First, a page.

Trophoblast stem cells (TSCs) retain the capacity to self-renew indefinitely and harbour the potential to differentiate into all trophoblast subtypes of the placenta. Recent studies have shown how signalling cascades integrate with transcription factor circuits to govern the fine balance between TSC self-renewal and differentiation. In addition, breakthroughs in reprogramming strategies have enabled the generation of TSCs from fibroblasts, opening up exciting new avenues that may allow the isolation of this stem cell type from other species, notably humans. Here, we review these recent advances in light of their importance for understanding placental pathologies and developing personalised medicine approaches for pregnancy complications.

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Development (Cambridge, England), 143, 1477-9129, 3650-3660, 2016

PMID: 27802134

Plet1 is an epigenetically regulated cell surface protein that provides essential cues to direct trophoblast stem cell differentiation.
Murray A, Sienerth AR, Hemberger M

Gene loci that are hypermethylated and repressed in embryonic (ESCs) but hypomethylated and expressed in trophoblast (TSCs) stem cells are very rare and may have particularly important roles in early developmental cell fate decisions, as previously shown for Elf5. Here, we assessed another member of this small group of genes, Placenta Expressed Transcript 1 (Plet1), for its function in establishing trophoblast lineage identity and modulating trophoblast differentiation. We find that Plet1 is tightly repressed by DNA methylation in ESCs but expressed on the cell surface of TSCs and trophoblast giant cells. In hypomethylated ESCs that are prone to acquire some trophoblast characteristics, Plet1 is required to confer a trophoblast-specific gene expression pattern, including up-regulation of Elf5. Plet1 displays an unusual biphasic expression profile during TSC differentiation and thus may be pivotal in balancing trophoblast self-renewal and differentiation. Furthermore, overexpression and CRISPR/Cas9-mediated knockout in TSCs showed that high Plet1 levels favour differentiation towards the trophoblast giant cell lineage, whereas lack of Plet1 preferentially induces syncytiotrophoblast formation. Thus, the endogenous dynamics of Plet1 expression establish important patterning cues within the trophoblast compartment by promoting differentiation towards the syncytiotrophoblast or giant cell pathway in Plet1-low and Plet1-high cells, respectively.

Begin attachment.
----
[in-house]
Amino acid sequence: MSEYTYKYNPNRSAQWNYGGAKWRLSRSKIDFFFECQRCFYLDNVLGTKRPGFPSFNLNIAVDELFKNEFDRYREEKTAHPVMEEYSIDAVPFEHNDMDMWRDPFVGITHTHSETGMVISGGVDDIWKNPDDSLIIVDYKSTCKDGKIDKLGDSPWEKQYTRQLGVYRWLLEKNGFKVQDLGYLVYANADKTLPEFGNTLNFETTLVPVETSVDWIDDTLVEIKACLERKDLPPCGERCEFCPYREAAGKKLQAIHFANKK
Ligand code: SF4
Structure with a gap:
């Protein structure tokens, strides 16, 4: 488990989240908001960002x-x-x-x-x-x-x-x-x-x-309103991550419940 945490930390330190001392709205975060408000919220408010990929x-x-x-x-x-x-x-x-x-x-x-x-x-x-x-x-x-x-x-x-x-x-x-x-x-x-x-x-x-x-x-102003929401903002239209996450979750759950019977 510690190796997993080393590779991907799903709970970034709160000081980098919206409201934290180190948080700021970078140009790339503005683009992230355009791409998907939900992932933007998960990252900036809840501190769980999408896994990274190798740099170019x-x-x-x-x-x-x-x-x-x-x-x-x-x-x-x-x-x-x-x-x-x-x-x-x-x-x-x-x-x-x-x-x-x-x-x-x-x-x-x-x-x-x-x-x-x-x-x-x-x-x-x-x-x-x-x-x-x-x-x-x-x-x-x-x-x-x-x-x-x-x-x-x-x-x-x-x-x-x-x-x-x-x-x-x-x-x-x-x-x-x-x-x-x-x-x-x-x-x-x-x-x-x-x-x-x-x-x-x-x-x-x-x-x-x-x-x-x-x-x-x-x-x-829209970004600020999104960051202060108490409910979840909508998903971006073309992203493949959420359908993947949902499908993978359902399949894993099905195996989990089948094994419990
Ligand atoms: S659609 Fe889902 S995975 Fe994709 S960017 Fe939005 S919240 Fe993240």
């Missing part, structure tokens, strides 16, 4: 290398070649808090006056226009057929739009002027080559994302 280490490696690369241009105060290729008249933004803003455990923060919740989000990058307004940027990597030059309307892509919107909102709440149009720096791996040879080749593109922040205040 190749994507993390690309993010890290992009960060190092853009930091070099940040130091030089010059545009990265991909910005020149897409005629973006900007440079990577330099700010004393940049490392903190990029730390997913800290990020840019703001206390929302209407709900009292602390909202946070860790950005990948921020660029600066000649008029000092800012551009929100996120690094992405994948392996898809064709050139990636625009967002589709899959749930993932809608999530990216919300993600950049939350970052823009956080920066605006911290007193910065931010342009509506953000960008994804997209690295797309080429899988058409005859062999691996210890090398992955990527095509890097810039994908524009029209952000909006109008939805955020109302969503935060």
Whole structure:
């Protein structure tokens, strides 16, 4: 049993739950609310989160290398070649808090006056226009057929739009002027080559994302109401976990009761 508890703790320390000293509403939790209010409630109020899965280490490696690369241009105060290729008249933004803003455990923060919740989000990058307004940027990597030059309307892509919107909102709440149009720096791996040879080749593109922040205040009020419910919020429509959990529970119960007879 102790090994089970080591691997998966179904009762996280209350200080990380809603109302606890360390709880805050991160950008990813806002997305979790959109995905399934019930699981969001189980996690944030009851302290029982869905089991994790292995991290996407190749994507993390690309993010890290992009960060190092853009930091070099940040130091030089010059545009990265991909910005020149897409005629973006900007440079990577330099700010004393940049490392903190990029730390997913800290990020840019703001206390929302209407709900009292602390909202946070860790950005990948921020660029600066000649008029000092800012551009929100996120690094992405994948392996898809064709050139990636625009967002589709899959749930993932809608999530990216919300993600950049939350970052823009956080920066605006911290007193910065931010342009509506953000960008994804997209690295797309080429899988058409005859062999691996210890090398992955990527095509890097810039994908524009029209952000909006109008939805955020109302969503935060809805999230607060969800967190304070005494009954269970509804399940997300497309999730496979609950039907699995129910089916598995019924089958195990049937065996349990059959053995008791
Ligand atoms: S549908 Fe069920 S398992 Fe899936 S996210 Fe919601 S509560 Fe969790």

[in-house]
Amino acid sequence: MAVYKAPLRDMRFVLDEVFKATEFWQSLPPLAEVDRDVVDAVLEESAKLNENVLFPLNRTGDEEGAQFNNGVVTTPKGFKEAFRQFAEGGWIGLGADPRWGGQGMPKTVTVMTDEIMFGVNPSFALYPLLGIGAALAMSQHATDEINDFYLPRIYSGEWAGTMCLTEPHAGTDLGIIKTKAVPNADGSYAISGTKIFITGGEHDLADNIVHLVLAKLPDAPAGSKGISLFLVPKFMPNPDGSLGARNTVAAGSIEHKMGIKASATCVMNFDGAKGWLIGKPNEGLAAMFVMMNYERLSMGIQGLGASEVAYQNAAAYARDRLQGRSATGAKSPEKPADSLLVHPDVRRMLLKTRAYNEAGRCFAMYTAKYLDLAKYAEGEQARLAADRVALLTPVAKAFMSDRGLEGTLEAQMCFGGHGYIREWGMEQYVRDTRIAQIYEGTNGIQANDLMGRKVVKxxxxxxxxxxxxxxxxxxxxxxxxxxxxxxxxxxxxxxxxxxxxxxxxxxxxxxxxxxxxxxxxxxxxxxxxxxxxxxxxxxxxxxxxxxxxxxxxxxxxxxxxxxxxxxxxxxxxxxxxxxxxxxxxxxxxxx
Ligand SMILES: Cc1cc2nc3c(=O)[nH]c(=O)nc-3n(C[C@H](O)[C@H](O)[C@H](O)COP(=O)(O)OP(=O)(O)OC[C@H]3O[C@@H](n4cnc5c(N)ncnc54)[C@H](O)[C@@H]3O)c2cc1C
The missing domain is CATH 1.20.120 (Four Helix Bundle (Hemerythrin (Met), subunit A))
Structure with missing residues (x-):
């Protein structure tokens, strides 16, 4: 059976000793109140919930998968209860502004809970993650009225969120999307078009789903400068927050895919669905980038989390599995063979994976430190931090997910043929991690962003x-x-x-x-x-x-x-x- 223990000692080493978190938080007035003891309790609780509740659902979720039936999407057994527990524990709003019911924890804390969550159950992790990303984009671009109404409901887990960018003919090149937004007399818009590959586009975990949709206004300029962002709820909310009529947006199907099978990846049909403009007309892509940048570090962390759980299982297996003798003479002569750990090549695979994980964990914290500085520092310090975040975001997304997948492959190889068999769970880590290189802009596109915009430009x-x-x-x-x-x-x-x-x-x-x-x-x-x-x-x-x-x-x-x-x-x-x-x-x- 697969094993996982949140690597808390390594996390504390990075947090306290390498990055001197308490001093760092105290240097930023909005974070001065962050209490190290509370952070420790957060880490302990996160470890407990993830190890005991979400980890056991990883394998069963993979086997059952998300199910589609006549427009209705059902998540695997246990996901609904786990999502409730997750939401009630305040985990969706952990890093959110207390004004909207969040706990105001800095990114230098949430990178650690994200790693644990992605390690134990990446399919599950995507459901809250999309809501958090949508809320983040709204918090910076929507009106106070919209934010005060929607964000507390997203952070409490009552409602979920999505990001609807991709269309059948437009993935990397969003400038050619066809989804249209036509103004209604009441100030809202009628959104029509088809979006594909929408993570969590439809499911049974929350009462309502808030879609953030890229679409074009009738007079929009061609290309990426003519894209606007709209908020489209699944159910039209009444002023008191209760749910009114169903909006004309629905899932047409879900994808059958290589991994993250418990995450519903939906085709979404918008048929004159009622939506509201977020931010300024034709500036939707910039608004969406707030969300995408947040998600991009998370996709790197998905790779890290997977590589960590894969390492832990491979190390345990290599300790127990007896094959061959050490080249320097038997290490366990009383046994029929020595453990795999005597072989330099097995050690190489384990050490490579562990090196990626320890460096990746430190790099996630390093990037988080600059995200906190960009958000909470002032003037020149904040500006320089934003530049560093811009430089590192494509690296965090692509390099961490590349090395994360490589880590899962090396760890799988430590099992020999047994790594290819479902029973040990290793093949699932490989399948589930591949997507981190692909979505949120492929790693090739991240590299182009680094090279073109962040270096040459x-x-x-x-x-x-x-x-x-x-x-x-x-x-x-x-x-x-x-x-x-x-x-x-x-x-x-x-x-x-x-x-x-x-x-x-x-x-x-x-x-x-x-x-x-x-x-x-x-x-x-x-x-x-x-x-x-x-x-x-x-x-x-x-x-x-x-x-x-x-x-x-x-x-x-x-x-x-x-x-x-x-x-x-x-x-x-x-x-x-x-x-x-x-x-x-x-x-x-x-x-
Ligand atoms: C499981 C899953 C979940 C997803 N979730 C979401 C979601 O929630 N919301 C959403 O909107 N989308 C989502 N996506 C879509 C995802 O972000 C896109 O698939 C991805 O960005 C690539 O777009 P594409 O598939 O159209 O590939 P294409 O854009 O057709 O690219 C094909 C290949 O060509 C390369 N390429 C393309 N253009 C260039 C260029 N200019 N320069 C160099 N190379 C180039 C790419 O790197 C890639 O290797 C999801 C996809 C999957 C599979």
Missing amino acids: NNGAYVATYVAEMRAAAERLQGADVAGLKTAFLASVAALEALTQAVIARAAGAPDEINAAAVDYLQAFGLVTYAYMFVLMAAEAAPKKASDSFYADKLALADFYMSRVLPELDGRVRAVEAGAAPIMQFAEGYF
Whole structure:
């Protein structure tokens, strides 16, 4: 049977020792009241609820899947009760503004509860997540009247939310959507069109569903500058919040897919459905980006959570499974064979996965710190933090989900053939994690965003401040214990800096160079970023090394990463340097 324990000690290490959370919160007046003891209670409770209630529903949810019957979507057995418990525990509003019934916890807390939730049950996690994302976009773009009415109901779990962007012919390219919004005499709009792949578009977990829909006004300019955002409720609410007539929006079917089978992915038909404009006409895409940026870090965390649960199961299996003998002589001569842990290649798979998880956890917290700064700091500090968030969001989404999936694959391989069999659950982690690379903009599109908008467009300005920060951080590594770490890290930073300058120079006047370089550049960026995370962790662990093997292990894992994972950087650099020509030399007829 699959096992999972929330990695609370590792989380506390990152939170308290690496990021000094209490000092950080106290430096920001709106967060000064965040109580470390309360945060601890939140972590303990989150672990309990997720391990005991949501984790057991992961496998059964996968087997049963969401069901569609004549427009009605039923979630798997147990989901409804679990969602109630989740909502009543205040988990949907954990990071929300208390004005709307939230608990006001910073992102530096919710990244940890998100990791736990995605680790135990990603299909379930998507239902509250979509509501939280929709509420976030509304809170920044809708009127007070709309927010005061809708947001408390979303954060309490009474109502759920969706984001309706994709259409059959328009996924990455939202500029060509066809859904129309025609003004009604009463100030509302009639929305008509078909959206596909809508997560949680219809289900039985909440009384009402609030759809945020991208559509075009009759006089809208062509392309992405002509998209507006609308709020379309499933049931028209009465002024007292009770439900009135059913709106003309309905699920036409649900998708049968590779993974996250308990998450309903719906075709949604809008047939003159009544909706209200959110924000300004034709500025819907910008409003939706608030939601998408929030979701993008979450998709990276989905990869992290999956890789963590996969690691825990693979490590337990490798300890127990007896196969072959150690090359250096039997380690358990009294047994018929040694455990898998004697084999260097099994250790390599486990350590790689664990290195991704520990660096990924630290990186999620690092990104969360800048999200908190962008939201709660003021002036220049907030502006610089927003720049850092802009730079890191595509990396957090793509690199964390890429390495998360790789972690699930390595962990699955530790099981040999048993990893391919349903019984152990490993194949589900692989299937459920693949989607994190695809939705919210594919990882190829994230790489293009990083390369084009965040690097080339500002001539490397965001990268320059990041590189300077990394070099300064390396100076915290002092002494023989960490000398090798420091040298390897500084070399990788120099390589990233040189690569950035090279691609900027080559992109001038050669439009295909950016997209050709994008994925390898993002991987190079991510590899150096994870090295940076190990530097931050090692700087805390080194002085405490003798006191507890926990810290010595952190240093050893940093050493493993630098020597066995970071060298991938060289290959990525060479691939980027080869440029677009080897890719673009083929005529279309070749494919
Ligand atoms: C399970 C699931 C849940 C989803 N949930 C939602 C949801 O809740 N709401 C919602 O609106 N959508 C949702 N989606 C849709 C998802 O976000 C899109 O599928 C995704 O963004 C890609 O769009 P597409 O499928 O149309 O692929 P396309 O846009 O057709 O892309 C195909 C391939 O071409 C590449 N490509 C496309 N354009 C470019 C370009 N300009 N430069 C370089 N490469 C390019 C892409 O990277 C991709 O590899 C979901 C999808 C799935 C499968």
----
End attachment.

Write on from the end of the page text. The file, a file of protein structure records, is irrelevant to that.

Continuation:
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Scientific reports, 6, 2045-2322, 25112, 2016

PMID: 27121762

01223 496534

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Keywords

developmental biology
embryo
epigenetics
placenta
stem cells
trophoblast

Group Members

Latest Publications

Long-term, hormone-responsive organoid cultures of human endometrium in a chemically defined medium.

Turco MY, Gardner L, Hughes J

Nature cell biology
1476-4679: (2017)

PMID: 28394884

From the stem of the placental tree: trophoblast stem cells and their progeny.

Latos PA, Hemberger M

Development (Cambridge, England)
143 1477-9129:3650-3660 (2016)

PMID: 27802134

What Is Trophoblast? A Combination of Criteria Define Human First-Trimester Trophoblast.

Lee CQ, Gardner L, Turco M

Stem cell reports
6 2213-6711:257-72 (2016)

PMID: 26862703

Maternal DNA Methylation Regulates Early Trophoblast Development.

Branco MR, King M, Perez-Garcia V

Developmental cell
36 1878-1551:152-63 (2016)

PMID: 26812015

Direct Induction of Trophoblast Stem Cells from Murine Fibroblasts.

Kubaczka C, Senner CE, Cierlitza M

Cell stem cell
17 1875-9777:557-68 (2015)

PMID: 26412560

Fgf and Esrrb integrate epigenetic and transcriptional networks that regulate self-renewal of trophoblast stem cells.

Latos PA, Goncalves A, Oxley D

Nature communications
6 2041-1723:7776 (2015)

PMID: 26206133

ADP-ribosyltransferases Parp1 and Parp7 safeguard pluripotency of ES cells.

Roper SJ, Chrysanthou S, Senner CE

Nucleic acids research
42 1362-4962:8914-27 (2014)

PMID: 25034692

Derivation and maintenance of murine trophoblast stem cells under defined conditions.

Kubaczka C,Senner C,Arauzo-Bravo MJ,Sharma N,Kuckenberg P,Becker A,Zimmer A,Brustle O,Peitz M, M Hemberger,Schorle H

Stem cell reports
2 2213-6711:232-42 (2014)

PMID: 24527396